Gifts From Heaven: True Stories of Miraculous Answers To Prayer, compiled by James Stewart Bell
[Note: This book was provided free of charge by Bethany House Publishers. All thoughts and opinions are my own.]
In the course of our lives, many of us find ourselves facing difficulties and trials and look for encouragement from those around us or, failing that, from the written word . This book clearly meets a need and manages to deal with a problem that is underrated when it comes to trials. This book could have taken the angle that trials are the result of a lack of faith and gotten appeal from Job’s contemporary friends today, and I am glad this book chose to avoid taking that approach. The deliverance provided by God is deliverance through trials as well as from them, and that is a lesson that is worthwhile to remember. Even if the book is more than a little bit samey, even though it is fairly short, the fact that the book’s editor manages to focus on a good approach to trials and the way that God answers prayer in a variety of ways and not always in the ways that we would expect.
The book is organized in a very simple fashion, with various stories from people I have never heard about. Perhaps I would have felt a lot more excited about this book had I known who anyone was, but as it was I did not know any of them and that made it more difficult for me to really get into the stories. The people have short biographical sketches at the end and the stories themselves deal with a wide variety of trials, from health trials to trusting in God’s ability to provide for us to overcoming the death of loved ones, and offer a fair slice of the sort of trials that people would want encouragement about. Even though all of the people in the book were strangers to me that I had never heard of before at all, which is remarkable given the sheer number of books I write and the writers I am familiar with, some of these stories were gripping. The most interesting story came from a woman named Elfriede Volk who talked about her father’s experiences during World War II, which was quite a moving story, but many of the stories told very heartfelt stories as well.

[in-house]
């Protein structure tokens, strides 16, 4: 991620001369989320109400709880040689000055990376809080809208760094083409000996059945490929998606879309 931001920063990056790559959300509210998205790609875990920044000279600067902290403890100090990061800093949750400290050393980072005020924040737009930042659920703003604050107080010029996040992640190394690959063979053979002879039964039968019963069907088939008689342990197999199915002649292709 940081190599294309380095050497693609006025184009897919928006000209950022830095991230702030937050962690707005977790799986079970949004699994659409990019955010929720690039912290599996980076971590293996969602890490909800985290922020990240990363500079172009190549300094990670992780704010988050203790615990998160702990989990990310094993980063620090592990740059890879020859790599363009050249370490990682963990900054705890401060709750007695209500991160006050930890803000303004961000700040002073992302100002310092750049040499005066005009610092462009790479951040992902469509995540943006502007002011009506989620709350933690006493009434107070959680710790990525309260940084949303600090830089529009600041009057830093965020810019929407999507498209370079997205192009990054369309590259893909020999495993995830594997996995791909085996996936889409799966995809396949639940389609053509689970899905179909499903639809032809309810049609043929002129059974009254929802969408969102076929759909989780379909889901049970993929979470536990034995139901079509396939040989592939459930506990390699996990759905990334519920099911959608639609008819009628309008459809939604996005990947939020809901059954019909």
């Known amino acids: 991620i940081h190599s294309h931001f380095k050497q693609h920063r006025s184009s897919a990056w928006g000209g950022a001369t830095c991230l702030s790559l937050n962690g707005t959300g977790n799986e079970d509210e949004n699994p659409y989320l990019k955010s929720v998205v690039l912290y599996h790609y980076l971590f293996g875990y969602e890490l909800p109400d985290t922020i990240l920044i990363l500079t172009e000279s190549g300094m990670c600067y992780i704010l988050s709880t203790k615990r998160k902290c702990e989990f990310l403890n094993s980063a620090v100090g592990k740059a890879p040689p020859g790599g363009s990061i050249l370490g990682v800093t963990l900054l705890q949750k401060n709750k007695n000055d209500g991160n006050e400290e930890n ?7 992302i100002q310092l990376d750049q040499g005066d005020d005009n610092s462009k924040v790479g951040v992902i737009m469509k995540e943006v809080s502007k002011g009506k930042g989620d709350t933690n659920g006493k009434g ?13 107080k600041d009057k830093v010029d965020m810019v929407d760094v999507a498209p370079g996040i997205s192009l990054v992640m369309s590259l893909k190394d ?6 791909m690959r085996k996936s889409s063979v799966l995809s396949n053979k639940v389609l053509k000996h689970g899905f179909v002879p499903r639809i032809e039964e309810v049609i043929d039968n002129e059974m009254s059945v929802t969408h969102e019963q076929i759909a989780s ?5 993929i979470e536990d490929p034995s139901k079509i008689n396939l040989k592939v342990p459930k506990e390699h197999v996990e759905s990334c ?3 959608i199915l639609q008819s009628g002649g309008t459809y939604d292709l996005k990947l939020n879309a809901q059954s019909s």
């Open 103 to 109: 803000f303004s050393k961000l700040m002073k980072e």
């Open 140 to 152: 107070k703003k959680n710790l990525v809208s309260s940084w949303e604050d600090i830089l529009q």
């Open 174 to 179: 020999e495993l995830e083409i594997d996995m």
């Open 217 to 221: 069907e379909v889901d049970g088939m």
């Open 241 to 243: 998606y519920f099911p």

Overall, this book is designed for those who like stories of faith and answered prayer including angelic intervention. There is a large market for books like this, although I would recommend to readers to take this book a bit slowly and only read a few stories at a time because the stories start feeling really similar if you read them all at once. Perhaps most readers do not read books as quickly as I am and would not need the reminder to take this one a bit slowly in order to appreciate it as much as possible. Other than that, the book is written in such a way that will likely appeal to evangelicals and charismatic Christians and at least one story (that of Ms. Volk) is aimed at a Sabbatarian audience, surprisingly enough. Although I am not the ideal reader for a book like this, I found the book to be of value and to have a lot of worthwhile stories. I would have liked a bit more variety in the approach, but many readers will likely enjoy the consistency a lot more than I did, and I can see this being a book that encourages many readers about the way God answers prayers.
 See, for example: